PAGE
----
The Cambridge History of English and American Literature in 18 Volumes (1907–21).
Volume XIII. The Victorian Age, Part One.
§ 13. C. S. Calverley
We may close this survey of lighter nineteenth-century verse with notice of three or, perhaps, four most remarkable “university wits.” Of the first three, one belonged wholly to Oxford, one wholly to Cambridge and a third—the eldest, as a matter of fact, and the most widely known—to both. This was Charles Stuart Calverley (born Blayds), a man who, in consequence of a disastrous accident, suffered severely for years and died in middle age; who, in consequence, partly, of this, did not do much work; but who made the initials C. S. C., by which he was usually known, early familiar and, to the present day, famous for the expression in verse of a scholarly wit unsurpassed in its own kind. Comparing notes with younger readers one may pretty well assure oneself that the intense enjoyment caused to the undergraduate mind by Fly Leaves, in 1866, was not a mere matter of contemporary partiality and congruity; while Calverley’s translations from Greek and Latin yield to none in fidelity or in finish. He has, perhaps, attracted most popular attention as a parodist; and not very wise exception has been taken to the “bitterness” of his exercise in this kind on Browning. Better balanced judgment will see in it, as in all Calverley’s work in parody, nothing but fair play if not, also, positive good nature. Scarcely the most extravagant line but could be paralleled from Browning’s actual work somewhere or other.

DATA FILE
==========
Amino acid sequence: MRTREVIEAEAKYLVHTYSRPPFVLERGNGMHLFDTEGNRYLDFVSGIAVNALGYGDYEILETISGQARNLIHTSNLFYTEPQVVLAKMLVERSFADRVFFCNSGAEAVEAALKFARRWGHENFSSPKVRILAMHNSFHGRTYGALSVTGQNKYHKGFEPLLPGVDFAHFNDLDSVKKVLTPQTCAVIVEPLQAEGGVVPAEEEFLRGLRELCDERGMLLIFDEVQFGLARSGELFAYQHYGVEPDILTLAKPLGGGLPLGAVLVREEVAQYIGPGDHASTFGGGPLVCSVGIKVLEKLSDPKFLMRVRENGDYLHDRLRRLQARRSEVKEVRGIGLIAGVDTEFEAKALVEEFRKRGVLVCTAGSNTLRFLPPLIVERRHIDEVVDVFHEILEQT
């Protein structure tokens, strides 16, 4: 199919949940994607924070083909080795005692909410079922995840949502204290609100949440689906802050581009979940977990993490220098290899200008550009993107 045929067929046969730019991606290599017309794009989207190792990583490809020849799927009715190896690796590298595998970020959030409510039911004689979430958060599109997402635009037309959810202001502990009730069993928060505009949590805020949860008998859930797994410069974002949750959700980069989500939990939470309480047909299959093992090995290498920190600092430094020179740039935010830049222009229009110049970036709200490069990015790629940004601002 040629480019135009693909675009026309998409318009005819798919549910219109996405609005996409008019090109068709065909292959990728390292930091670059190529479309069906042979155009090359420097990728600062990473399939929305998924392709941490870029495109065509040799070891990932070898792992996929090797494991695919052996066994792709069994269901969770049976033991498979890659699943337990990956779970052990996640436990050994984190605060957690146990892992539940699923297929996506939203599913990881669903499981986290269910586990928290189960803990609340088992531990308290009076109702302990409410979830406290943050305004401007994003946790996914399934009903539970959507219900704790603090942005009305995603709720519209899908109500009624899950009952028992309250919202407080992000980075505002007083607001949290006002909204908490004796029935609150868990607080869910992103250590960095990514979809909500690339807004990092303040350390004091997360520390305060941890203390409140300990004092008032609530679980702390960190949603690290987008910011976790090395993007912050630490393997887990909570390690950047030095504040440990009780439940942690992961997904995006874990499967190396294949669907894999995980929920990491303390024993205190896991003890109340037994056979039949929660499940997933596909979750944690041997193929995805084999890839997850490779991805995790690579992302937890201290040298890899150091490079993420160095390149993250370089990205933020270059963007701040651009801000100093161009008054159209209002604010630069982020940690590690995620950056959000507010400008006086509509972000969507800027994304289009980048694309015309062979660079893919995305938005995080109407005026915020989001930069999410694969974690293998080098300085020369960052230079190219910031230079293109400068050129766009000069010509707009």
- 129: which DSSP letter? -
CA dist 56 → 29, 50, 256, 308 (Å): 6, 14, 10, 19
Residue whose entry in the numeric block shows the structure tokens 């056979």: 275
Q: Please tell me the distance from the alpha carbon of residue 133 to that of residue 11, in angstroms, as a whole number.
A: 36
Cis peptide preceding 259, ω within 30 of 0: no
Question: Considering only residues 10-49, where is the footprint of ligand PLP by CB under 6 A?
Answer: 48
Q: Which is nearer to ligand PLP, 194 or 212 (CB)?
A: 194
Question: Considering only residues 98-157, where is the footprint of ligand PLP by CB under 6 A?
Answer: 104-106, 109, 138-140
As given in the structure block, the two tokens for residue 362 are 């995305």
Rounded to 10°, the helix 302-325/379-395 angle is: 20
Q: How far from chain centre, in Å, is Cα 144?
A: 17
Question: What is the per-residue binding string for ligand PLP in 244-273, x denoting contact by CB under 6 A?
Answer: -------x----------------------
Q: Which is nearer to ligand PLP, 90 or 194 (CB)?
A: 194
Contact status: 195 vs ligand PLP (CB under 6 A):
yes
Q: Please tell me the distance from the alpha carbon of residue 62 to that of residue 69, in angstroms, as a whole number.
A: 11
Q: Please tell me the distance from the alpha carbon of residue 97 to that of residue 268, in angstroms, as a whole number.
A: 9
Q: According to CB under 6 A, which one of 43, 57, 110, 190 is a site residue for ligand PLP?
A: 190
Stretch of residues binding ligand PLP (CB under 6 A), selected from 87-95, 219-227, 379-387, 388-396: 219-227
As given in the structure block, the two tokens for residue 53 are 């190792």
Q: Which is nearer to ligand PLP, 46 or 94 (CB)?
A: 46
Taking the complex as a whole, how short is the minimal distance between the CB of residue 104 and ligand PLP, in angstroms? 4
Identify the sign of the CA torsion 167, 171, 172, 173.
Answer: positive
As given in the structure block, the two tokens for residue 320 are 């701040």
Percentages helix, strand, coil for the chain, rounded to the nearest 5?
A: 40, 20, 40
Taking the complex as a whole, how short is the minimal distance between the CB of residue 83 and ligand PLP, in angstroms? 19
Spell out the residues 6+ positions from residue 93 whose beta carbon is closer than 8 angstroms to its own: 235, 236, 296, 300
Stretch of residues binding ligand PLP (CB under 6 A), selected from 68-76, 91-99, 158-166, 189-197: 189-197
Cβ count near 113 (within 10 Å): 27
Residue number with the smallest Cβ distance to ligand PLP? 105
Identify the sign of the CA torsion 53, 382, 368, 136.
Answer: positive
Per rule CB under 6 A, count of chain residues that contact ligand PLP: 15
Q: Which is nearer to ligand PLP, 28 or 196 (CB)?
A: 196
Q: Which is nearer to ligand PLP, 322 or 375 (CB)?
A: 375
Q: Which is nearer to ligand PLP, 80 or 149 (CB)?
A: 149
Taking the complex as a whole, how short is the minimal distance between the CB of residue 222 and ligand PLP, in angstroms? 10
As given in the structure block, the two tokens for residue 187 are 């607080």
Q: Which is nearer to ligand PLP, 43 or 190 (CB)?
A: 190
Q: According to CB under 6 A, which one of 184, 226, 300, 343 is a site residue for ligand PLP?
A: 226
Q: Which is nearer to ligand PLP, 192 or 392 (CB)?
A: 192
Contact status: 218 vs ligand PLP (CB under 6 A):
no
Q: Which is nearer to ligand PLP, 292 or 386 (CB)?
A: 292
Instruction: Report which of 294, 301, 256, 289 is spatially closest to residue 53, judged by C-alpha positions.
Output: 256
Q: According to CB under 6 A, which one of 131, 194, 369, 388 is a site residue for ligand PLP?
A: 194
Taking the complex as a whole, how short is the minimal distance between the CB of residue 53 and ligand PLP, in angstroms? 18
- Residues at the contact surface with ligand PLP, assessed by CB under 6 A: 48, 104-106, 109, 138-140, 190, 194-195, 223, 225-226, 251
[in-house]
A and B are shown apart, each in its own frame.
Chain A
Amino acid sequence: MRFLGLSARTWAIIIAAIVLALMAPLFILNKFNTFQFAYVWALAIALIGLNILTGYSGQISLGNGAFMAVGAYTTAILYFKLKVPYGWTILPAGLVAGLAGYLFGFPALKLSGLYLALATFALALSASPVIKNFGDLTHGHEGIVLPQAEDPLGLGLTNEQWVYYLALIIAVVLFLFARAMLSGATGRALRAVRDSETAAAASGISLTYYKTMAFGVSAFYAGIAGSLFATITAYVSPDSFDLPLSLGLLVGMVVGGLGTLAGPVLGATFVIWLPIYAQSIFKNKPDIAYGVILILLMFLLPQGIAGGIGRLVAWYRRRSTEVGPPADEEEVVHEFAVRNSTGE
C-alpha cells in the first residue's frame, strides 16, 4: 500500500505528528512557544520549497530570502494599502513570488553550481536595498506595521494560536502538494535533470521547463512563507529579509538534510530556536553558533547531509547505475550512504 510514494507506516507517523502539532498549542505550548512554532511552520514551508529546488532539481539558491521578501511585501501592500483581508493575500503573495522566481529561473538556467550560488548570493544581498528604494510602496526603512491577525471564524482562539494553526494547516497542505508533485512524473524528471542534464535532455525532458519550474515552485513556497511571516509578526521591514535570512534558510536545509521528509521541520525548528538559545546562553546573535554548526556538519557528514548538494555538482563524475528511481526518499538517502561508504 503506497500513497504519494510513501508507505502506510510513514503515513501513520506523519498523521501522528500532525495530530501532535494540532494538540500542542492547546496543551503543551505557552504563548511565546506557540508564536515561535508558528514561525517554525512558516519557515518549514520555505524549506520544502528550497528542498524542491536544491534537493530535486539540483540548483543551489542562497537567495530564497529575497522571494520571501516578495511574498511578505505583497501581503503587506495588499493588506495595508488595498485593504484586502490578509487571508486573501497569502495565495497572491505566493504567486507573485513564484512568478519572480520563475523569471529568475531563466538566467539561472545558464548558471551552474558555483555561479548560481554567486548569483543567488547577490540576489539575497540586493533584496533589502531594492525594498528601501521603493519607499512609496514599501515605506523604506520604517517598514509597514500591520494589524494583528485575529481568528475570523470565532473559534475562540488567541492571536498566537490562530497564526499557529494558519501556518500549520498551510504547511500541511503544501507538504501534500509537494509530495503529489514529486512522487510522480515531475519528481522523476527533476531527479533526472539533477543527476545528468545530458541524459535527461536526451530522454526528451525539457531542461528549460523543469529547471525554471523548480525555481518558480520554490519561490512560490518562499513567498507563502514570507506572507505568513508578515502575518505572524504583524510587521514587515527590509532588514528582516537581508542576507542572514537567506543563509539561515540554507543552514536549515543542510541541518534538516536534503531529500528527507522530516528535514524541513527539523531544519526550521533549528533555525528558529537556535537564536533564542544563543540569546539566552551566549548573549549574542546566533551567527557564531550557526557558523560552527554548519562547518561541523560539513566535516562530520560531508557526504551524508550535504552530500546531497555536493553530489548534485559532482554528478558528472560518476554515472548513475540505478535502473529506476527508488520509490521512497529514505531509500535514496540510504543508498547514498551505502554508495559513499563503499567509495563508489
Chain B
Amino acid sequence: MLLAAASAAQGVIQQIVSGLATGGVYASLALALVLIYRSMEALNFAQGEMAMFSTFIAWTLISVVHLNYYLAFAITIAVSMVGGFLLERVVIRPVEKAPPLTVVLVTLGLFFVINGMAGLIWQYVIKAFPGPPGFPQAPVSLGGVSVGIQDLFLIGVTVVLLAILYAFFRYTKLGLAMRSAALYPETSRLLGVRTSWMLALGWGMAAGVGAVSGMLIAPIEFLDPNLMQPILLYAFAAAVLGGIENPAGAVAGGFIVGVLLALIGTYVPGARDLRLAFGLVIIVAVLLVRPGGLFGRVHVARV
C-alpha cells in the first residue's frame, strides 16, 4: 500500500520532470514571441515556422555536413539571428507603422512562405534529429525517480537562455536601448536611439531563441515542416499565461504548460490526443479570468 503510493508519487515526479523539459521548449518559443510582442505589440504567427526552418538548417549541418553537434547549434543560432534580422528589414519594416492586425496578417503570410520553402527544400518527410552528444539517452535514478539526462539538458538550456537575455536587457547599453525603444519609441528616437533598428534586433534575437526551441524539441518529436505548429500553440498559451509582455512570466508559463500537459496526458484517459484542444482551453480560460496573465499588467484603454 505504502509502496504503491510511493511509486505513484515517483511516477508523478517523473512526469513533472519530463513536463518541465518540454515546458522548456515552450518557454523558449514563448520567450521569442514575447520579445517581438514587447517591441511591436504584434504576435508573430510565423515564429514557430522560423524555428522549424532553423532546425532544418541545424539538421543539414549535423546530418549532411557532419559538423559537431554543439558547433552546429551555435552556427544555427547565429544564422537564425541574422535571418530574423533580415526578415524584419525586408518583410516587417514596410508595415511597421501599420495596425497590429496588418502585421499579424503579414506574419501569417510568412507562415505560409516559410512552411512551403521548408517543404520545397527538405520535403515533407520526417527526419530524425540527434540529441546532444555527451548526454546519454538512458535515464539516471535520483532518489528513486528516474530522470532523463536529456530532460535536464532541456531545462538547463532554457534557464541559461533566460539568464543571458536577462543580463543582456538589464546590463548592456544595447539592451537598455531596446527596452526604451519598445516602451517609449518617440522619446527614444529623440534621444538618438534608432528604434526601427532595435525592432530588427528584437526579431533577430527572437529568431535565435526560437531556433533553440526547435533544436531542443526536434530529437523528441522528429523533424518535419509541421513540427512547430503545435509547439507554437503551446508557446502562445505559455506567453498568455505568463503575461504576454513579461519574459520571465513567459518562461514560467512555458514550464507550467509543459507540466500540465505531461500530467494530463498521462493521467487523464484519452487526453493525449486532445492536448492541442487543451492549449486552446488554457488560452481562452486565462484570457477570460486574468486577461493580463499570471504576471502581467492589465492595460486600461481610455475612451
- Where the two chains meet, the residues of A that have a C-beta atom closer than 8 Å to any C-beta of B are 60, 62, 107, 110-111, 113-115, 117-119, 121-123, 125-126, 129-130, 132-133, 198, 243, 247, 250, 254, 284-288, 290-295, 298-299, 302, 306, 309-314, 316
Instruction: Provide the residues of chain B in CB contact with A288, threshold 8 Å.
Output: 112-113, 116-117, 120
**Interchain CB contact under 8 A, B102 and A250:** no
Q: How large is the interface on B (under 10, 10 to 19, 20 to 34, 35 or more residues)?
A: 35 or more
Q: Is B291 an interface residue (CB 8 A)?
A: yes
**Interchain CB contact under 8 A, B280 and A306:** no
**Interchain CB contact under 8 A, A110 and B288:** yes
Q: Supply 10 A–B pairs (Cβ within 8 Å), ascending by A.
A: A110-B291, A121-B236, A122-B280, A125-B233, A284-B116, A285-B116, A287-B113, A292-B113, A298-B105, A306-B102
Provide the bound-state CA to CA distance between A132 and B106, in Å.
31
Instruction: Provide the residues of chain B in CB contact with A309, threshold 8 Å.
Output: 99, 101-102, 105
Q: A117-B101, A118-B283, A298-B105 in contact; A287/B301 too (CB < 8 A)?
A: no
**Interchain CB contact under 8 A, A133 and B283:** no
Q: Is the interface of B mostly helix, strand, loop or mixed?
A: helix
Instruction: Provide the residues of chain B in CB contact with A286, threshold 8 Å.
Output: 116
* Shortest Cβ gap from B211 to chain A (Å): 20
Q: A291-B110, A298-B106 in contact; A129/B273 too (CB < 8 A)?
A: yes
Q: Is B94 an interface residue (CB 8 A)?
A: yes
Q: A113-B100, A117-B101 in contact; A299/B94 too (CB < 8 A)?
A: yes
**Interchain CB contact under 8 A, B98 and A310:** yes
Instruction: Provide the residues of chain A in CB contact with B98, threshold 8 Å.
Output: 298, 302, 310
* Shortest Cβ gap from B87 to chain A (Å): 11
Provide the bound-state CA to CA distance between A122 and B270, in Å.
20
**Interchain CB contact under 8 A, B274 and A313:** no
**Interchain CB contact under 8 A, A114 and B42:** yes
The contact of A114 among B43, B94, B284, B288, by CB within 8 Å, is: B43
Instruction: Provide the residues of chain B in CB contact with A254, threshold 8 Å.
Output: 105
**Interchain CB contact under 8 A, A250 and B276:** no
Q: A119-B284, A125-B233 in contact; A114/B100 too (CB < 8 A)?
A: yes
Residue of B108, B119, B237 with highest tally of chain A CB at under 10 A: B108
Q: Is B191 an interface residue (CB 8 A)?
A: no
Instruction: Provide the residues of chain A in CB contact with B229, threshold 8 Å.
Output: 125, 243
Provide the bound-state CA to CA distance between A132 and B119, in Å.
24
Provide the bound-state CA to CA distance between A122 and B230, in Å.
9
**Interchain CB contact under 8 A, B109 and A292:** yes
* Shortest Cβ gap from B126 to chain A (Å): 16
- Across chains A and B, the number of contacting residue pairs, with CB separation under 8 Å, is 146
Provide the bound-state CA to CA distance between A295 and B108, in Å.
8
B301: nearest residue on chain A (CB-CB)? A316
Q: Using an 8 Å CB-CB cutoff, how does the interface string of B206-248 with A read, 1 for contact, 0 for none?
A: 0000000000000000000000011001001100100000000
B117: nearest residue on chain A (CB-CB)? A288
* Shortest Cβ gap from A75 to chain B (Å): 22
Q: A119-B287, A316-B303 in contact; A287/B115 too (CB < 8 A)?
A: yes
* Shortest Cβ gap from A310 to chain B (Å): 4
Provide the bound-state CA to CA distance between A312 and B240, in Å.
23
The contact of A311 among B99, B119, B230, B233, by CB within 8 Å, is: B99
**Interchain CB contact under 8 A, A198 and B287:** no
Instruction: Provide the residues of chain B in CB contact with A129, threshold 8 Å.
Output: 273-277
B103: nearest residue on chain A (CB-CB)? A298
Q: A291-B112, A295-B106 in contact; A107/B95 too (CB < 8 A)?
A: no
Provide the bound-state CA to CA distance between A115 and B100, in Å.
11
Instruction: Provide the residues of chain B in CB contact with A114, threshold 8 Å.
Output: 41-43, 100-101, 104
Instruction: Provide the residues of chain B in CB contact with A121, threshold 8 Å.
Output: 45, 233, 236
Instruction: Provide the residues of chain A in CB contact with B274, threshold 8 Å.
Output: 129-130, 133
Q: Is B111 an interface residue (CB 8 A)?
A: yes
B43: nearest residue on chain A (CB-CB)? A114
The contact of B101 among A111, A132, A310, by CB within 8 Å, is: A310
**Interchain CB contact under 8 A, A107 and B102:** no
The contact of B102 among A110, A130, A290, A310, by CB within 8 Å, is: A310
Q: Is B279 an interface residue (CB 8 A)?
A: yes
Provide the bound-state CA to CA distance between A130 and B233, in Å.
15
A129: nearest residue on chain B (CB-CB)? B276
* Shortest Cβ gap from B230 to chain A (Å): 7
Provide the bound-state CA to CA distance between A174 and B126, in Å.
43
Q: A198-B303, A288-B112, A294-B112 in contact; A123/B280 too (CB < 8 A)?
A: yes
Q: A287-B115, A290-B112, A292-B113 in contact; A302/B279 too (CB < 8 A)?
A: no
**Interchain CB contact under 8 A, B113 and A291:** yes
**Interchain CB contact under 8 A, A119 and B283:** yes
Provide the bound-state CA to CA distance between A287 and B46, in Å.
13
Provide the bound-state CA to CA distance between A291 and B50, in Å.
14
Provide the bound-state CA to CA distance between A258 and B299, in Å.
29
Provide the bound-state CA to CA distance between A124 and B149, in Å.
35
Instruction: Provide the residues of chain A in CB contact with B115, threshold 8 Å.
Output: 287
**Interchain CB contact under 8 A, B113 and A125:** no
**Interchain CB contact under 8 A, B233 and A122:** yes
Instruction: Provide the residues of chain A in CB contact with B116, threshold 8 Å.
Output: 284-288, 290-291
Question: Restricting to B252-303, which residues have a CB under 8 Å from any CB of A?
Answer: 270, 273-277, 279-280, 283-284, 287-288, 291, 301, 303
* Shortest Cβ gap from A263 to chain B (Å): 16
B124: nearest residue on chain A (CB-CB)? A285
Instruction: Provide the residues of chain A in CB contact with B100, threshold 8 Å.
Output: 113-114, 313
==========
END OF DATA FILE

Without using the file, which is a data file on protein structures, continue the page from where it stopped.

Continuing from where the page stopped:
Nor did this most scholarly of humorous poets and least pedantic of scholars require the canvas of an original on which to embroider his thoughts and fancies; for many of his best things are quite original themselves. He had eminently the faculty of giving to a word a ludicrous aspect, by unobtrusive pun or otherwise, or of getting a secondary comic effect from a simple phrase, as in